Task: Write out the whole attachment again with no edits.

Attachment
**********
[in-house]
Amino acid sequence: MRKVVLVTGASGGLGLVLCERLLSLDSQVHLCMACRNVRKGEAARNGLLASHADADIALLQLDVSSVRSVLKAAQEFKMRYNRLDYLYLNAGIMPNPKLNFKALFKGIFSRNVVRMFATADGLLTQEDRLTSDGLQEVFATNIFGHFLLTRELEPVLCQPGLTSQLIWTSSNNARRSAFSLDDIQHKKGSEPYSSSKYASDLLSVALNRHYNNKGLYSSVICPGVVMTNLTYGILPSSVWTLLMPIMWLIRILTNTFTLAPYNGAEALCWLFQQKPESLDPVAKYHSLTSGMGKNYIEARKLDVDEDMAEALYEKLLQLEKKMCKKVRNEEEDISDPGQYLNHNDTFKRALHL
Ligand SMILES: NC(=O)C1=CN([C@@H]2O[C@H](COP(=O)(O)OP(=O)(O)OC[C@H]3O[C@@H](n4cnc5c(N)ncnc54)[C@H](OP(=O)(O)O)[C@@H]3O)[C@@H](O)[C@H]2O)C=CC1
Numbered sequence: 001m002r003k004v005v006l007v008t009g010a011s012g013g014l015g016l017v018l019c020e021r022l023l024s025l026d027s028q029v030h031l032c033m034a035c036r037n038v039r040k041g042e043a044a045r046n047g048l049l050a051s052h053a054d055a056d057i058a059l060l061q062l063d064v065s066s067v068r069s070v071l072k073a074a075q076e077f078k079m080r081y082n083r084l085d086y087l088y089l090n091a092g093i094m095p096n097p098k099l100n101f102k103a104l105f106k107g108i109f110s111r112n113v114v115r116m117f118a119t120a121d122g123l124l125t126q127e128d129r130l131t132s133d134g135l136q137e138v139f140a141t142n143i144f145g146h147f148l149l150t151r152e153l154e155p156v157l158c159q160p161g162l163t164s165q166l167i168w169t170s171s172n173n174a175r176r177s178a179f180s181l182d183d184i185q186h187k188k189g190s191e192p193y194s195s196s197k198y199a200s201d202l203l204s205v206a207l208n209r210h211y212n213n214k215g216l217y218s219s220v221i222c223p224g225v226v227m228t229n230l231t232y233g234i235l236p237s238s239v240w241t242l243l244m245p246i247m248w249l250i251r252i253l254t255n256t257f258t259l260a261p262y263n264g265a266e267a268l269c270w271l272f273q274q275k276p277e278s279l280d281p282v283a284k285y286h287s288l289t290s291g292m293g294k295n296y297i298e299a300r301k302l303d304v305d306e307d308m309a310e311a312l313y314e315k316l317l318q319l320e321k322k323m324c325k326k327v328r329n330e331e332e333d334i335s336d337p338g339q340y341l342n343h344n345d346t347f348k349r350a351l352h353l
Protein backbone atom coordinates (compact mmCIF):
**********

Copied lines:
[in-house]
Amino acid sequence: MRKVVLVTGASGGLGLVLCERLLSLDSQVHLCMACRNVRKGEAARNGLLASHADADIALLQLDVSSVRSVLKAAQEFKMRYNRLDYLYLNAGIMPNPKLNFKALFKGIFSRNVVRMFATADGLLTQEDRLTSDGLQEVFATNIFGHFLLTRELEPVLCQPGLTSQLIWTSSNNARRSAFSLDDIQHKKGSEPYSSSKYASDLLSVALNRHYNNKGLYSSVICPGVVMTNLTYGILPSSVWTLLMPIMWLIRILTNTFTLAPYNGAEALCWLFQQKPESLDPVAKYHSLTSGMGKNYIEARKLDVDEDMAEALYEKLLQLEKKMCKKVRNEEEDISDPGQYLNHNDTFKRALHL
Ligand SMILES: NC(=O)C1=CN([C@@H]2O[C@H](COP(=O)(O)OP(=O)(O)OC[C@H]3O[C@@H](n4cnc5c(N)ncnc54)[C@H](OP(=O)(O)O)[C@@H]3O)[C@@H](O)[C@H]2O)C=CC1
Numbered sequence: 001m002r003k004v005v006l007v008t009g010a011s012g013g014l015g016l017v018l019c020e021r022l023l024s025l026d027s028q029v030h031l032c033m034a035c036r037n038v039r040k041g042e043a044a045r046n047g048l049l050a051s052h053a054d055a056d057i058a059l060l061q062l063d064v065s066s067v068r069s070v071l072k073a074a075q076e077f078k079m080r081y082n083r084l085d086y087l088y089l090n091a092g093i094m095p096n097p098k099l100n101f102k103a104l105f106k107g108i109f110s111r112n113v114v115r116m117f118a119t120a121d122g123l124l125t126q127e128d129r130l131t132s133d134g135l136q137e138v139f140a141t142n143i144f145g146h147f148l149l150t151r152e153l154e155p156v157l158c159q160p161g162l163t164s165q166l167i168w169t170s171s172n173n174a175r176r177s178a179f180s181l182d183d184i185q186h187k188k189g190s191e192p193y194s195s196s197k198y199a200s201d202l203l204s205v206a207l208n209r210h211y212n213n214k215g216l217y218s219s220v221i222c223p224g225v226v227m228t229n230l231t232y233g234i235l236p237s238s239v240w241t242l243l244m245p246i247m248w249l250i251r252i253l254t255n256t257f258t259l260a261p262y263n264g265a266e267a268l269c270w271l272f273q274q275k276p277e278s279l280d281p282v283a284k285y286h287s288l289t290s291g292m293g294k295n296y297i298e299a300r301k302l303d304v305d306e307d308m309a310e311a312l313y314e315k316l317l318q319l320e321k322k323m324c325k326k327v328r329n330e331e332e333d334i335s336d337p338g339q340y341l342n343h344n345d346t347f348k349r350a351l352h353l
Protein backbone atom coordinates (compact mmCIF):